Friday, February 24, 2006

Not so long ago, the prospect of Fairmont State's Department of Language & Literature offering an English course covering the science fiction and fantasy genre sounded perhaps as plausible as some of the fiction included on the course reading list.

The course, which is being taught this semester for the first time at Fairmont State, is filled to capacity and has a waiting list of interested students. The demand came as a surprise to some, but not to English professor Dr. James Matthews, the course instructor.

Matthews, whose specialization is 18th and 19th century British literature, has a penchant for the genre. His doctoral dissertation was "Between Two Worlds; Ghosts and Apparitions in British Fiction, 1835-1885." Matthews, who also teaches children's and young adult literature, knew he was not alone in his appreciation of science fiction and fantasy. He also knew that children and young adults are reading much of what is being presented to them only because the reading is required. Science fiction and fantasy reflect what students want to read.

"There are a vast number -- a lot of young people -- who read enormous amounts of this stuff and this is generally all they read," Matthews said. "Fantasy and science fiction gets a 'bad rap' from almost everyone who is not interested in it because it is seen as less valuable than other writing. The truth is that a lot of it is really well done. This course gives students a chance to read some of the best written works in the field."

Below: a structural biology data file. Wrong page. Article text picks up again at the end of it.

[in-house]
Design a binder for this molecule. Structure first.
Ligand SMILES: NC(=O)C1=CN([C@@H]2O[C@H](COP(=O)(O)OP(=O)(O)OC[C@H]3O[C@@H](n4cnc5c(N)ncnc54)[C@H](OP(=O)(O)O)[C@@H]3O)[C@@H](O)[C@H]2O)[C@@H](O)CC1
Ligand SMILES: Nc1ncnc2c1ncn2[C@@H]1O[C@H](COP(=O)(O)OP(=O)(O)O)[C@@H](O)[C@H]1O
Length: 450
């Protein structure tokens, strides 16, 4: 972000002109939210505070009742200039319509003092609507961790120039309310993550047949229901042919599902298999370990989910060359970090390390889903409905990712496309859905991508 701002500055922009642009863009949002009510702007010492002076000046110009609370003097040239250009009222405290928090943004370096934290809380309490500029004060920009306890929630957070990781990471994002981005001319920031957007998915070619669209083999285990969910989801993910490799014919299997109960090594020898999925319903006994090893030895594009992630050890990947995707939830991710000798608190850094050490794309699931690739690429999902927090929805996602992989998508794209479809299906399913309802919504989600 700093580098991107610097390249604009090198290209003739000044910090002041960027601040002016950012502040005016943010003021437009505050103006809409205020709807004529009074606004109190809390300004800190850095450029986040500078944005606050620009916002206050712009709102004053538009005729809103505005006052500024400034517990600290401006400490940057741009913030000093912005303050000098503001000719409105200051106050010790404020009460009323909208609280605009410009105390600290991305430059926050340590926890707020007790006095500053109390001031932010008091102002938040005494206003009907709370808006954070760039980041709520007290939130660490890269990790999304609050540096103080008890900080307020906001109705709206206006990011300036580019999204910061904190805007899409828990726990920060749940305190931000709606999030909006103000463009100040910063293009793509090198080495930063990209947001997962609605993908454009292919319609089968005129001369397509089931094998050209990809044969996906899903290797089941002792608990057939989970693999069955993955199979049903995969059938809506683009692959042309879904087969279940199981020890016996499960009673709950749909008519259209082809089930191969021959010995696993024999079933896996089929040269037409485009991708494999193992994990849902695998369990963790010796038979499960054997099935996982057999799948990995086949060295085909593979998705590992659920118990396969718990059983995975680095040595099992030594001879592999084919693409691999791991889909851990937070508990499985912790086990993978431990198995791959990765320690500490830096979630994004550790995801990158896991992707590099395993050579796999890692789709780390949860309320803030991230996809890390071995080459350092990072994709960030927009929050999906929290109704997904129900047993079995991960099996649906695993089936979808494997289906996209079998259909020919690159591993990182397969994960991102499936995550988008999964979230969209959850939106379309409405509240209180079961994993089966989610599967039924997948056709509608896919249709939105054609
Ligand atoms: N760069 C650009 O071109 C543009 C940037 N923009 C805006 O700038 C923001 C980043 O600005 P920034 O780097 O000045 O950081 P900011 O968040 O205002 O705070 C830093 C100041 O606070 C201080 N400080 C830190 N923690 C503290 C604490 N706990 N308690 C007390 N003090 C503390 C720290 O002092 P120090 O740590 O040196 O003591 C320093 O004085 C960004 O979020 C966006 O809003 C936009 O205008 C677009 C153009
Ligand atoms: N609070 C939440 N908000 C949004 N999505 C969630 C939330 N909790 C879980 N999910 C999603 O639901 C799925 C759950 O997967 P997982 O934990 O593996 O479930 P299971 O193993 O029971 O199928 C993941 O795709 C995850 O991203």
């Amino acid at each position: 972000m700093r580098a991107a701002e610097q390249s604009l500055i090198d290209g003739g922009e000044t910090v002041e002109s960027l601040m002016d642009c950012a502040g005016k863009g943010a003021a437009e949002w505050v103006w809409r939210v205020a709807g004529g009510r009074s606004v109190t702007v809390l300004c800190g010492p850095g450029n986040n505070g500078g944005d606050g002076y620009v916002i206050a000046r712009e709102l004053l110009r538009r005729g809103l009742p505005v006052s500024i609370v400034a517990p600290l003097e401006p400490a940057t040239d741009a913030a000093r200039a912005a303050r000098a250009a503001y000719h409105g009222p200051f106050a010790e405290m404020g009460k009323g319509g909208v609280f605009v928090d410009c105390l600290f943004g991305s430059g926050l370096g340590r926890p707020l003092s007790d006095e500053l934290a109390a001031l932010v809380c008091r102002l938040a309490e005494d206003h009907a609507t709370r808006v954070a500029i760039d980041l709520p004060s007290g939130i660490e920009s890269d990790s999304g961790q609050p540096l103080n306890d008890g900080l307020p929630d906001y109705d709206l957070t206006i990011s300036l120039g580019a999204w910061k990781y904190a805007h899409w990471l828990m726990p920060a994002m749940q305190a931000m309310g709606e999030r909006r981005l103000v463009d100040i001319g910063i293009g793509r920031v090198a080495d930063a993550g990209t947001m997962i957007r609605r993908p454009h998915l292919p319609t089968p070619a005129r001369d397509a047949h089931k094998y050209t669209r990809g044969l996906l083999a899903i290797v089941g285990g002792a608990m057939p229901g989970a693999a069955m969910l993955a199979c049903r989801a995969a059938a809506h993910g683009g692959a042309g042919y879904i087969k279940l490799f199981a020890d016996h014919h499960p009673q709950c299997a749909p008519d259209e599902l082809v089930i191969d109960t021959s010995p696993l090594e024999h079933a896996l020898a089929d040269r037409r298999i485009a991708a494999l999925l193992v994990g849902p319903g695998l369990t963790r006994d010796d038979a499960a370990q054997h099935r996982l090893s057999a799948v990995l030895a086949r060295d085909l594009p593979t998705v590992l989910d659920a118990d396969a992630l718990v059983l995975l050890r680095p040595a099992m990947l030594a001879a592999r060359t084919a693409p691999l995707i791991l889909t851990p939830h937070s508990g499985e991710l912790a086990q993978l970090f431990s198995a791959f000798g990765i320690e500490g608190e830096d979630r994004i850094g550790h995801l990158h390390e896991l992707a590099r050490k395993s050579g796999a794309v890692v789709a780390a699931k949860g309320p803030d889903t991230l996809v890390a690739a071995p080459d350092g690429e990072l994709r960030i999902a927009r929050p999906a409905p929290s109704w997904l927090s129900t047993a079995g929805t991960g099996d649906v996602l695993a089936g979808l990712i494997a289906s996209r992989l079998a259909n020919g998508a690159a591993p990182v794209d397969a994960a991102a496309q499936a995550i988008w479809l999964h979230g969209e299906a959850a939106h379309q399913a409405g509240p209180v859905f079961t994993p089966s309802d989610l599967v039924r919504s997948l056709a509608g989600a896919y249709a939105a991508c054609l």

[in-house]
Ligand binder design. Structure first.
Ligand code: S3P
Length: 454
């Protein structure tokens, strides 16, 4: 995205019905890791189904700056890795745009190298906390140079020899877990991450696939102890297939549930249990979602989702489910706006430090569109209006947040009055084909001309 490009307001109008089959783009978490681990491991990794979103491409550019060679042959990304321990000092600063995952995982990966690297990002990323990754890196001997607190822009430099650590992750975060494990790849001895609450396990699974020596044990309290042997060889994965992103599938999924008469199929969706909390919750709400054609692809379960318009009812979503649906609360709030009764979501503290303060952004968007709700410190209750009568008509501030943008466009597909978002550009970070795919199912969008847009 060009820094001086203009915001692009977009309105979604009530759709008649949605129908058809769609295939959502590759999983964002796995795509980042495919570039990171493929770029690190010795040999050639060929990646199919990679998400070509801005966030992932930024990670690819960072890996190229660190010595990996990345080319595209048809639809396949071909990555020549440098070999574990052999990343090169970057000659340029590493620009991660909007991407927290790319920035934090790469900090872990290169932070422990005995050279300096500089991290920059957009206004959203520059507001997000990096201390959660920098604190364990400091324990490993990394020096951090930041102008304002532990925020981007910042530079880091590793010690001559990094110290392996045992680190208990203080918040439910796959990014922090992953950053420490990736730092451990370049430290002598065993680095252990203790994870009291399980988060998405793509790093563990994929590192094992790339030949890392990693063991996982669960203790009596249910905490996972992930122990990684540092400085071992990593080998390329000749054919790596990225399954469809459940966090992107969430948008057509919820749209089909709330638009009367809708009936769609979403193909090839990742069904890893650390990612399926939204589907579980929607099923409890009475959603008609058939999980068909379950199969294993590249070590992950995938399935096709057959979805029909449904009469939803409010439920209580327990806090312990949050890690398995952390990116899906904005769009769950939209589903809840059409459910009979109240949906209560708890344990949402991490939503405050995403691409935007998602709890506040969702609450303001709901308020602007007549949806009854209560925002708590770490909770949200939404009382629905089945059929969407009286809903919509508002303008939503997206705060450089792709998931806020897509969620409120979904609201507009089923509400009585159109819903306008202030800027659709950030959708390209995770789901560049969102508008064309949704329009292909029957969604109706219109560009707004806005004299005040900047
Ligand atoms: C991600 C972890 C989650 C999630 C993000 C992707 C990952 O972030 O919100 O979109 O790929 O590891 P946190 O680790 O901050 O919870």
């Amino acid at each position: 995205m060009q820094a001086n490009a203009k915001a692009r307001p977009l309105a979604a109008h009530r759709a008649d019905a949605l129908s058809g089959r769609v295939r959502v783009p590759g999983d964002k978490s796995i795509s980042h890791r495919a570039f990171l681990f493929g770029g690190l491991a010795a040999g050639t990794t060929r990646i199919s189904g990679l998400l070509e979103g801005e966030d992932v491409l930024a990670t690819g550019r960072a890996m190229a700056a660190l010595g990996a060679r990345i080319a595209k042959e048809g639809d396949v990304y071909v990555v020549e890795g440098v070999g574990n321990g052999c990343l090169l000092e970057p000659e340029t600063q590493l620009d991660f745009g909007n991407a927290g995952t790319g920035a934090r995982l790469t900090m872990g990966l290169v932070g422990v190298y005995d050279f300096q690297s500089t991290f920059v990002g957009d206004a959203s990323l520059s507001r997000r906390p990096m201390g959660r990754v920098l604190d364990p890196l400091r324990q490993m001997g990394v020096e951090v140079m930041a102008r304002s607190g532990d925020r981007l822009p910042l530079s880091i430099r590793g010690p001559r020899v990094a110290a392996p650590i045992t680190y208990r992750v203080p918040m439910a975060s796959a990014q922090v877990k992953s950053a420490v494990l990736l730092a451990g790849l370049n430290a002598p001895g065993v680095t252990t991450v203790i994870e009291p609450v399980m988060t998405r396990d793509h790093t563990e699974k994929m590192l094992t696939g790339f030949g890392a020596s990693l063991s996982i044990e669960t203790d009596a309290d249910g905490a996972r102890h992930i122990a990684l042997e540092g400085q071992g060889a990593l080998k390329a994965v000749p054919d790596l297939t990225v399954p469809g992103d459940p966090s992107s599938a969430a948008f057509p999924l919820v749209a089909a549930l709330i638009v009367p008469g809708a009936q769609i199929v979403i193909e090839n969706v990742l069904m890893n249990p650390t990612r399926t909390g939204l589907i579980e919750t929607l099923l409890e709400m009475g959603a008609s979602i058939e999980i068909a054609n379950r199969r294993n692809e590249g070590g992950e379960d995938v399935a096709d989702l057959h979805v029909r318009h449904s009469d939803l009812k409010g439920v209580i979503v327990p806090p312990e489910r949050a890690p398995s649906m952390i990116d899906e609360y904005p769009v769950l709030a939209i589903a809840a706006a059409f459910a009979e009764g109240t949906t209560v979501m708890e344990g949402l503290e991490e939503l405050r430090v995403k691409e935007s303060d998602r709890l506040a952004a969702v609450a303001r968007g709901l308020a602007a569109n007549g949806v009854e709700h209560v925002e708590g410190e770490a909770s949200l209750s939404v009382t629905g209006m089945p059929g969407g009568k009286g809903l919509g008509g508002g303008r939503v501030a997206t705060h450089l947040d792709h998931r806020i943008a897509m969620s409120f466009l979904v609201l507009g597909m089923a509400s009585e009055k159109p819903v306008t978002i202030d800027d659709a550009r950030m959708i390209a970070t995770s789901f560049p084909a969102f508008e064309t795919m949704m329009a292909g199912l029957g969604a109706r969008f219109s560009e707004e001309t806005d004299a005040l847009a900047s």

Science fiction/fantasy typically undergoes a renaissance every 30 or 40 years, Matthews said. The "Harry Potter" books and films spawned the most recent one, and before that it was the "Lord of the Rings" series. The impact that science fiction/fantasy have on the film industry is discussed some in Matthews' class, along with what is being published and what is being read.

Matthews said anyone teaching literature on any level should at least be aware of the genre. For future teachers, engaging with the literature on the college level will give them the knowledge they need to steer students toward the best of what science fiction and fantasy have to offer young readers.

Matthews estimates that more than half of the students in his class are not English majors, and that at least one major from each of Fairmont State's schools and colleges are represented in the course, which meets on Wednesday nights. The course is an elective for English majors and counts toward filling the liberal studies requirement for non-English majors.

For his part, Matthews does a lot of scholarship in the field, delivering conference papers and working on articles. Last fall, his public presentation on campus, "The Life and Art of Dr. Seuss," drew a larger than average audience for a Wednesday afternoon. He has also delivered papers covering topics such as "Community and Individualism in Ursula Le Guin's Dialog with the Romantic Poets in 'Earthsea' and J.K. Rowling's 'Harry Potter and the Sorcerer's Stone' and "Language, Power and the Undead: Bram Stoker's 'Dracula' and 'Bram Stoker's Dracula.'"

Students taking the science fiction and fantasy course find out quickly that the discussion is going to navigate well beyond mere fan talk.

"This material will support more complex conversations than that," Matthews said.

Sometimes that means discussions about the influences of writers outside the genre. For example, in writing, "Something Wicked This Way Comes," Ray Bradbury was influenced by Nathaniel Hawthorne, William Blake and Sherwood Anderson.

"The thing that makes this stuff worth reading is that fantasy really liberates you from a lot of preconceptions about the world. You can abandon those preconceptions and that enables the writer to make more complex comments about the world we live in," Matthews said.